THE WORLD AFLAME
[Editor’s Note: Oeuvre Total is a film-discussion series between producer Michael Holland and critic Jason Rohrer, begun at Bitter Lemons and continuing here at Stage and Cinema. The first ten-part Oeuvre Total exchange concerns Billy Wilder. After we run the previously-published seven original entries (Part III by Mr. Holland last week; Part IV by Mr. Rohrer below) new posts will appear in the coming weeks.]
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It’s one of the great European last lines, and it hangs on one of the great American movies. But it’s not the end of the picture.
As Michael Holland nimbly illustrated in Part III, that last line transports Some Like It Hot. Seconds ago, in the same shot, Joe E Brown’s smitten Osgood was finally on the getaway with the object of his affection when he got slapped with the news that Jack Lemmon wasn’t Daphne but Jerry in drag.
And after all Osgood and Jerry have gone through! This assumed-identity story has ten times the drama of Spielberg’s Oscarjerker Schindler’s List; at least as delirious a moral gravity as Cocteau’s Beauty and the Beast; at least as much danger and suspense as Hitchcock’s Vertigo. For two hours, every event adds to obstacle. You can climb every mountain but sometimes, like Jerry, you’re just gonna lose.
Jerry isn’t a bad guy. He has led Osgood on, but while Daphne is an awesome creation, she isn’t a very good woman. Jerry’s heart isn’t in her, because he knows the thing can’t work. He’s not in love with Osgood; he’s in love with Sugar. If Jerry were really a woman, and if this were an American comedy by anyone but Billy Wilder, Osgood would be the man of Daphne’s dreams: sweet, devoted, rich.
It hurts Jerry to give up that make-believe, and it can’t feel good to look over his shoulder into the back seat, where Tony Curtis makes love to Marilyn Monroe. Good God. No matter how great a catch, Joe E Brown’s no Marilyn Monroe. Well, Lemmon’s no Curtis in the square-jaw department. He gets to stop being the fairy princess when he says “I’m a man,” but he loses Prince Osgood, his only consolation prize.
This penultimate moment hurts even more because up to now Osgood’s primary character trait has been an adorable implacability – surely this revelation will destroy him – and because he’s almost ancillary to the main action. Osgood’s going to be left holding the wig while the pretty stars sail under the Southern Cross, with Lemmon as ballast? It’s a cruel world, unjust and bitter, that punishes the undeserving; Osgood’s given his heart to a lie, for Christ’s sake. His fianceé is a man!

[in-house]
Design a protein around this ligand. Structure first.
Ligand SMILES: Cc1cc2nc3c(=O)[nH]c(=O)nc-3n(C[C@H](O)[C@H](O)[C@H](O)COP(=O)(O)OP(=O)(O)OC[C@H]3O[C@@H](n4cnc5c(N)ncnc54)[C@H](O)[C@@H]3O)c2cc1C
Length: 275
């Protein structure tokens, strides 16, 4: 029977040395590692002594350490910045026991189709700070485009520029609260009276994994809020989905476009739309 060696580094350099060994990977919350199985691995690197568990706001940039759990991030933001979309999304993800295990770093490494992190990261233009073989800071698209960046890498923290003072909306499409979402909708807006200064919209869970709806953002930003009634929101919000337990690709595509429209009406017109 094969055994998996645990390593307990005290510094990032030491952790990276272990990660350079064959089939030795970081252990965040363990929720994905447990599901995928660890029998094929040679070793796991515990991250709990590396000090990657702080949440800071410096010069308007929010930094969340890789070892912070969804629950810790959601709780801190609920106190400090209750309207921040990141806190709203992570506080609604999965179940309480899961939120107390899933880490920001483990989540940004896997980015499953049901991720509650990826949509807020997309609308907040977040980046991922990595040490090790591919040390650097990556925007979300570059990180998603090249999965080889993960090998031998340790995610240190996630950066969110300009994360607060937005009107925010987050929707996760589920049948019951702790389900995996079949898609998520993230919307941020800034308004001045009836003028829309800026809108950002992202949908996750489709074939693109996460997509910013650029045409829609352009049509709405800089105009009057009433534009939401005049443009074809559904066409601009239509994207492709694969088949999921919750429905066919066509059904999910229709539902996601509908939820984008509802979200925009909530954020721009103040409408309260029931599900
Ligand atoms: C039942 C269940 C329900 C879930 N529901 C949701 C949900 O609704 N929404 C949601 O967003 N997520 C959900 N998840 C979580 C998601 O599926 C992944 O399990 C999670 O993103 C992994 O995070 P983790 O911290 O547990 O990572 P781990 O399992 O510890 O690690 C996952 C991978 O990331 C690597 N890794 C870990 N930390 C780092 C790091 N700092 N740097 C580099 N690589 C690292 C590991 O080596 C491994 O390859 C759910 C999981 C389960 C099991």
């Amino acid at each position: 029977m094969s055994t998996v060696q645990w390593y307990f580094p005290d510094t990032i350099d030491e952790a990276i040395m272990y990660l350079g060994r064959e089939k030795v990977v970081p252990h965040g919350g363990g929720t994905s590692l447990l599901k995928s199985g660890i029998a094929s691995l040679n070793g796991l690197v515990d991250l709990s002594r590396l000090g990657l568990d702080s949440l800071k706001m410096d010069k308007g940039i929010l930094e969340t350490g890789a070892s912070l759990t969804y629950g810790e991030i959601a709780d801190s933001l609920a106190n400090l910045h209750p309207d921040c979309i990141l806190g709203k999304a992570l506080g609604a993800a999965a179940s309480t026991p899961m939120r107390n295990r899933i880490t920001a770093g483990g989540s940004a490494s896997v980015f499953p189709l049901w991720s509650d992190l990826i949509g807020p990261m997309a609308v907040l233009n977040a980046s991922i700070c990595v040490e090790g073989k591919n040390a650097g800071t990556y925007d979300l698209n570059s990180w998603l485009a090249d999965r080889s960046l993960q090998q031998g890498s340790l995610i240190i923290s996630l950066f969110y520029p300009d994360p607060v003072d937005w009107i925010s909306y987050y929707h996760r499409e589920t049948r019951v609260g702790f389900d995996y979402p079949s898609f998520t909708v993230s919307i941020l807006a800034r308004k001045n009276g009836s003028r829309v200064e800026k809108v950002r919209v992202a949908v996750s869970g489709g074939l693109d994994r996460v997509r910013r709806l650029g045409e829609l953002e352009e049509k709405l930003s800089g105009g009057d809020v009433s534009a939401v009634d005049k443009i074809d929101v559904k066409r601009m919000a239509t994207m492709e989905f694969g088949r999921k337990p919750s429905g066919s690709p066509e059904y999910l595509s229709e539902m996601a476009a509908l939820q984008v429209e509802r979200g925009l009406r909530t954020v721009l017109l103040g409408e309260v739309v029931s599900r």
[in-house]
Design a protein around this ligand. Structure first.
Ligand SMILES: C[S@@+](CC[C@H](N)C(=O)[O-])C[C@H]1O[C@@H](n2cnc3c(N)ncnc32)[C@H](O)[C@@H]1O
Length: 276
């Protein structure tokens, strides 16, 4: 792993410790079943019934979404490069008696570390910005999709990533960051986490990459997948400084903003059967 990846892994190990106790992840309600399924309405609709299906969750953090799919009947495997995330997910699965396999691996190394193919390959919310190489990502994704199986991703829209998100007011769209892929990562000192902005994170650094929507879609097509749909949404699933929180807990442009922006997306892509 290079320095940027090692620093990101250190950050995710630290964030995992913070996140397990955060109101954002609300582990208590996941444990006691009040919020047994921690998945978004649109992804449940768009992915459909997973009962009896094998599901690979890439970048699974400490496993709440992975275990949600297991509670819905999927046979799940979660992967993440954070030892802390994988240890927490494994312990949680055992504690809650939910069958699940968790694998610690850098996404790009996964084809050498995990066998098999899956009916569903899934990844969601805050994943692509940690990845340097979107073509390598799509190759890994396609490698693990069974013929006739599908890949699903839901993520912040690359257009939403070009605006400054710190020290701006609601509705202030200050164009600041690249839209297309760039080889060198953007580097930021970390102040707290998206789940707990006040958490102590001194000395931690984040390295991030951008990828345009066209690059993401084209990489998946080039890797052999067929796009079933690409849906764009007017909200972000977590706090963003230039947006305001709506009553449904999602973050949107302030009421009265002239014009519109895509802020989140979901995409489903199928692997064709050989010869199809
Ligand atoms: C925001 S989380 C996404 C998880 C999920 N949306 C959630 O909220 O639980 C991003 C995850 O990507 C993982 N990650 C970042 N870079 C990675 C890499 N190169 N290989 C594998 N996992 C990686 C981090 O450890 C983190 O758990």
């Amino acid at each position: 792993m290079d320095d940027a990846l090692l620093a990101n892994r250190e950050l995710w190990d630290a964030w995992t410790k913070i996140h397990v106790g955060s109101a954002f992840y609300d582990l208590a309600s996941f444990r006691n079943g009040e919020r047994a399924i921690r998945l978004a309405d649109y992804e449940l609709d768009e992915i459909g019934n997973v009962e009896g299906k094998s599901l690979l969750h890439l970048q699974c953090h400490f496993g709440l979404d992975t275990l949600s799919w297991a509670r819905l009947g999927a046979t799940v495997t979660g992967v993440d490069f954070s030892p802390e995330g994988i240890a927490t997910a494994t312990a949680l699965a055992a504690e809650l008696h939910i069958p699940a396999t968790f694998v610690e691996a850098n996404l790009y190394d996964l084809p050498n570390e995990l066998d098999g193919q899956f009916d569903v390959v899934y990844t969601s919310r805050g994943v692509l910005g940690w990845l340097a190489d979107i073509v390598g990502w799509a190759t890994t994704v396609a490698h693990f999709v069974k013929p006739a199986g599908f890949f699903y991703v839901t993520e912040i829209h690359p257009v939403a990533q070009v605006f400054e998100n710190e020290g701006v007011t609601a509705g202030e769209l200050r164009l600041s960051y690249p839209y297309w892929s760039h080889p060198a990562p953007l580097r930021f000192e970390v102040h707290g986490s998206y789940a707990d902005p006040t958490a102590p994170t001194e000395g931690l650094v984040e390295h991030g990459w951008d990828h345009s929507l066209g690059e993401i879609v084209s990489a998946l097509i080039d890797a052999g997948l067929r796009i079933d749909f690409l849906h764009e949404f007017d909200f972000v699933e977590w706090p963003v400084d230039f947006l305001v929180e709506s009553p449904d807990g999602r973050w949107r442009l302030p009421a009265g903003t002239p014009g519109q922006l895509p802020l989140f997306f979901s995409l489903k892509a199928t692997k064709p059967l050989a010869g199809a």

Without missing a heartbeat: “Well, nobody’s perfect.”
But that’s not the end.
For a couple of seconds before The End, Jerry’s reaction fills half the frame next to Osgood’s blithe, rubbery grin: He’s flummoxed. For half the picture Jerry’s been able to turn away Osgood’s kiss by the skin of his teeth, but now, by fadeout, he still hasn’t come up with a retort. Jerry’s going to lose this argument, just past the bounds of the movie in ever-after territory. Holy shit.
- Did Osgood know all along? Is that why he’s so smug all the time? (the Catholics condemned the picture, to Wilder’s delight)
- Is Osgood insane?
- Is he just a happy guy? This one brings the most madcap. What a metaphysical loop we loop: a) Osgood, as the genuinely idle rich (vs Tony Curtis’s faux playboy), simply isn’t bothered by a currency as fluid as gender? All the problems in the movie stem from hunger… b) Osgood’s blithe facade isn’t just a pose? Nothing really matters in this world except attitude? Posing, after all, led Jerry and Joe to their fortunes: a drunken floozy, a divorcé who likes men in drag…hey, wait a minute! c) d)…z) a.1)
Is it only a Billy Wilder movie that could attend so strictly to story, could for two solid hours remain so technically meticulous and tonally single-minded and then, in the very last shot, reinvent itself from satire to farce? Yes, Wilder’s mentor Ernst Lubitsch ends Trouble in Paradise on an almost nonsensically silly sight gag, but that whole movie is farce. “Nobody’s perfect” is perfectly Wilderian, sexually sophisticated high comedy tainted by cold chaos: The Lubitsch touch with the fingerprints burnt off.
“Nobody’s perfect” is an anarchic decision, and it works because a damn-the-torpedoes fatalism runs through all of Some Like It Hot – the good guys are liars and their antagonists are deadly earnest – as it runs through much of Wilder. Wilder was, temperamentally, the right guy to darken the incipient noir of Huston’s Maltese Falcon into the pitch black of Double Indemnity. As Michael says, we still talk about him for a reason.
Which brings up a point with which I hope we can dispense. Last week, Michael neatly kicked the crutch of my auteur argument by denying Auteurism. I am happy to agree to disagree, since I think he’s so impossibly wrong about how wrong Andrew Sarris (and Godard and Truffaut) are.